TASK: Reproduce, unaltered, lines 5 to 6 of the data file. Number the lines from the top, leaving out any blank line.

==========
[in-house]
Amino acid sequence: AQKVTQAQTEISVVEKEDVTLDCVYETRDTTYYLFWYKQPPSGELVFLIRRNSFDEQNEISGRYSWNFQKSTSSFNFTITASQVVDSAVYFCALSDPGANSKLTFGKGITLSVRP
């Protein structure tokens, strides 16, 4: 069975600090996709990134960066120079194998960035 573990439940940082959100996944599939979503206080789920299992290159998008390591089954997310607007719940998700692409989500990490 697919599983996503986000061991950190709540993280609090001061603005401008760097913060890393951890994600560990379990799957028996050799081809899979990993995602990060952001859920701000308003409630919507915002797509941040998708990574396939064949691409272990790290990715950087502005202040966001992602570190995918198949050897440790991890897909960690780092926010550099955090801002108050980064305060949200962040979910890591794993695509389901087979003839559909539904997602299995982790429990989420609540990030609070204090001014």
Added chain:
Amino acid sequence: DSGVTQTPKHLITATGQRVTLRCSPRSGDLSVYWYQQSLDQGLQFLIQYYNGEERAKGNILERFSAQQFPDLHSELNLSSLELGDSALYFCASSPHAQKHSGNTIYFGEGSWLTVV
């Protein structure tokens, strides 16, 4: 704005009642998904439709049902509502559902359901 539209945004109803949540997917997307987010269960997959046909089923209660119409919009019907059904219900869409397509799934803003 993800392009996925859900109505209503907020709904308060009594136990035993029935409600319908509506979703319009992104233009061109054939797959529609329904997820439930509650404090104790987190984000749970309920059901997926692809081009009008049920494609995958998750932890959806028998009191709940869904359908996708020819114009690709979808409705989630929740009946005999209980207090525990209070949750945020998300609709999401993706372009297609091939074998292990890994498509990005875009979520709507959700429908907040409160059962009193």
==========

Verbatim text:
Amino acid sequence: DSGVTQTPKHLITATGQRVTLRCSPRSGDLSVYWYQQSLDQGLQFLIQYYNGEERAKGNILERFSAQQFPDLHSELNLSSLELGDSALYFCASSPHAQKHSGNTIYFGEGSWLTVV
């Protein structure tokens, strides 16, 4: 704005009642998904439709049902509502559902359901 539209945004109803949540997917997307987010269960997959046909089923209660119409919009019907059904219900869409397509799934803003 993800392009996925859900109505209503907020709904308060009594136990035993029935409600319908509506979703319009992104233009061109054939797959529609329904997820439930509650404090104790987190984000749970309920059901997926692809081009009008049920494609995958998750932890959806028998009191709940869904359908996708020819114009690709979808409705989630929740009946005999209980207090525990209070949750945020998300609709999401993706372009297609091939074998292990890994498509990005875009979520709507959700429908907040409160059962009193």